After being mugged and having all his equipment stolen, a Cape Town artist approached police officers for help, only to be arrested and forced to spend a night in the police station holding cells.
Mak1one, who is well-known and respected internationally for his graffiti style, said after completing a commercial job he was dropping a friend off at his home in Athlone at about 1am on Thursday last week when a group of men held a knife to his throat and stripped him of his bag, phone, camera, sketch books and his spray painting equipment.
When he and his friend then saw a passing police van, they flagged the police officers down in order to get help.
But Mak1one said he was treated with suspicion, accused of drinking and driving and thrown into the back of the police van.
“I had to hold onto the bars, as they were driving very hard and jumping red robots,” he said.
At Athlone police station, he was forced to blow into a breathalyser which indicated he was over the legal limit.
However, breathalyser’s are not admitted as evidence in court, with the new Drager breathalyzer having been subject to a High Court dispute which resulted in the court ruling it results inadmissible pending certain adjustments to the instrument.
Mak1one was then taken to a hospital where a blood test was drawn and driven back to the police station where he was charged with drunken driving and placed in the holding cells for the night, without the police officers knowing the results of the blood test which takes up to eight months for the analysis to be returned.
“As I read the (police) code of conduct in the police station, I realised that I was not treated in the way I should have been treated,” he said.
The next morning a friend paid R500 for his bail and the following day he appeared in court where his case was postponed until April 4.
The artist said he has been traumatised by the experience. “I will never ask police for help again,” he said.
But he is just one of thousands of people who have been failed by the police, said high profile criminal lawyer William Booth.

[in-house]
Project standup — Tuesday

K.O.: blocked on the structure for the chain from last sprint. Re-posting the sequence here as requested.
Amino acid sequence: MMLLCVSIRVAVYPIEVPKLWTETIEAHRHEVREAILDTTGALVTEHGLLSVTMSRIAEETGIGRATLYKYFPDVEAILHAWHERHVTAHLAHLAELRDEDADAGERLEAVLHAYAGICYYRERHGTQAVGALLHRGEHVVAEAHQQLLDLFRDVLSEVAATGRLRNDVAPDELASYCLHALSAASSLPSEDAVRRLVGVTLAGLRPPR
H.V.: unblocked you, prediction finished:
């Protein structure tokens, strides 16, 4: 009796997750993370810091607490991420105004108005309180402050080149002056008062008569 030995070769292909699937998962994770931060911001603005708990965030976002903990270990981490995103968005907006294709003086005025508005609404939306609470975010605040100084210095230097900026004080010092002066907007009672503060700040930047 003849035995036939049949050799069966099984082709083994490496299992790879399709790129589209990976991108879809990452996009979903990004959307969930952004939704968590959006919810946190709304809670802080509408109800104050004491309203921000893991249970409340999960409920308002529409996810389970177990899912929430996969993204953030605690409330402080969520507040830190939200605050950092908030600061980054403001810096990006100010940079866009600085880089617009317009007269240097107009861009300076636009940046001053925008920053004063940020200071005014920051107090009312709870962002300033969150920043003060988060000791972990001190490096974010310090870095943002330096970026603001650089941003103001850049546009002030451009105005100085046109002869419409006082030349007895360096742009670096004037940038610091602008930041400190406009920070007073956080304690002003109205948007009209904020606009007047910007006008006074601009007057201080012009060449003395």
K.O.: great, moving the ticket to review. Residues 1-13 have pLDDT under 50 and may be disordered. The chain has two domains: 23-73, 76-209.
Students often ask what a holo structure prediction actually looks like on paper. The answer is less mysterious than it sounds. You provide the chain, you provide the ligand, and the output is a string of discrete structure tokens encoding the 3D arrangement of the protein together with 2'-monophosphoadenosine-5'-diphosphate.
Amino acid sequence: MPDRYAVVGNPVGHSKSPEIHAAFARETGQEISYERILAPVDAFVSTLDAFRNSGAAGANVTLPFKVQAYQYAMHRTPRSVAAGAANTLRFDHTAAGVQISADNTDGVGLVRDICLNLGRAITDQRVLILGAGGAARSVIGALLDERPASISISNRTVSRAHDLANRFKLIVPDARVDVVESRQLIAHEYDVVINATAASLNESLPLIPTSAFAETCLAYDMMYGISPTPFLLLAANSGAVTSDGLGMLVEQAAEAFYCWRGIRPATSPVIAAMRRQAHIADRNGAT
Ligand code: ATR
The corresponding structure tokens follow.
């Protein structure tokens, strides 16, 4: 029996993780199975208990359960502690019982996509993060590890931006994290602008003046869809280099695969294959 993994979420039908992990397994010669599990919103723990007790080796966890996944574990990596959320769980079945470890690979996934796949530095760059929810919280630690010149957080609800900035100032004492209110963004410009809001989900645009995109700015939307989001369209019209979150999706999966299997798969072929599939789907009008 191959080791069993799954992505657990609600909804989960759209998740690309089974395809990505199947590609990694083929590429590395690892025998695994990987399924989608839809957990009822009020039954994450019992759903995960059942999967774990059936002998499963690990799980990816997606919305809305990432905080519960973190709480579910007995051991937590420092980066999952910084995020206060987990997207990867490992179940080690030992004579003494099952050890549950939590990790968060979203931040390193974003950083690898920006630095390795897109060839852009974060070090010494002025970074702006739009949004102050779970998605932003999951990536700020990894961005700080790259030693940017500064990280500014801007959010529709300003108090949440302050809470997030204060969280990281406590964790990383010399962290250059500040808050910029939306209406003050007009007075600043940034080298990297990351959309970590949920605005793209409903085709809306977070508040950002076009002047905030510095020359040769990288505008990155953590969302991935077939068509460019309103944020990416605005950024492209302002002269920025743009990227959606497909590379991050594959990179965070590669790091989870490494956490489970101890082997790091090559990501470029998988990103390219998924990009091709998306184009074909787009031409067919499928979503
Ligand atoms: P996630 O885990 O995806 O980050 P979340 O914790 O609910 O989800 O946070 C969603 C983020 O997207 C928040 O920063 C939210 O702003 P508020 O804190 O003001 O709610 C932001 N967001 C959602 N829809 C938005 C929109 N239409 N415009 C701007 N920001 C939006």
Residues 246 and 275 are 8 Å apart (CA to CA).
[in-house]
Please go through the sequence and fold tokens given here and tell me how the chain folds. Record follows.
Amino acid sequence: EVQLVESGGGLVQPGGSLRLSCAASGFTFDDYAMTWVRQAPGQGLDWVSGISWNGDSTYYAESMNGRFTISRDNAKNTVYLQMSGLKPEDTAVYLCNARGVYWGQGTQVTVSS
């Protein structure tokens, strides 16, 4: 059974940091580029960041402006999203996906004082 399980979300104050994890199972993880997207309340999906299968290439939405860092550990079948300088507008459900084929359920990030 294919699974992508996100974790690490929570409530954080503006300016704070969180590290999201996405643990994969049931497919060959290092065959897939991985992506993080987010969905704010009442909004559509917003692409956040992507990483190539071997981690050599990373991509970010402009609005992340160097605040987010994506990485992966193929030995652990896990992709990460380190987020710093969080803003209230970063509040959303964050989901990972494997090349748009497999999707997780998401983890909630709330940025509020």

Booth said police often did not follow correct procedure by making arrests on poor bases and often without proper investigations.
“Often police arrest and detain people unnecessarily. There has to be a good basis on which to arrest someone. They arrest on the most petty of offenses. They need to follow what the law says. If the person is not a flight risk, they first need to investigate and then determine if that person will be prosecuted,” he said.
Booth queried why the artist was arrested and detained as the results of what was believed to have been a Drager breathalyser were insufficient grounds for arrest as the Drager was ruled by the High Court to be unreliable in determining sobriety.
“If there is probable cause other than the Drager, they could arrest him, but why detain him?” queried Booth.
Booth said what was worrying was that the police did not investigate the robbing complaint. “This is of great concern. If someone reports something of a serious nature, it has to be investigated,” he said.
The artist’s experience came days before civil society organisations called on Western Cape Premier Helen Zille to appoint a commission of enquiry into the failures of the criminal justice system in Khayelitsha and the failure of Khayelitsha police to serve and protect the community. The Social Justice Coalition, the Treatment Action Campaign, Equal Education, Free Gender, the Triangle Project, and Ndifuna Ukwazi, formally lodged a complaint to Zille on Monday.
According to the complaint, victims of crime are often treated with contempt when they report a crime, police officers often do not communicate the progress of investigations with victims of crime, and investigating officers often do not secure the presence of witnesses which results in lengthy postponements. Other factors to hamper the criminal justice system are lost dockets, corruption, poor investigations, and escaped suspects.
Premier Zille’s spokesperson Zak Mbhele said the submission had been referred to the legal services unit for them “to analyse and advise”.
Mbhele could not say when feedback from the lawyers would be obtained.
Lieutenant Colonel Helgard Grundling at the Athlone Police station said SAPS “did not use” the Drager breathalyzer as they were not trained to do so, and that the device was only utilized by Metro police and traffic officers.
He said the Drager needs to be supported by a blood test and a doctor’s report. “We not only take a blood sample but the person is also seen by a doctor who gives a medical report which will find whether or not that person is under the influence of liquor. We will then detain the person until he is sober and release him on warning to appear in court,” he said.
He said it was “unlikely” that police would not give attention to a serious complaint. “It is unlikely that a person who makes a report is then locked up as the accused.”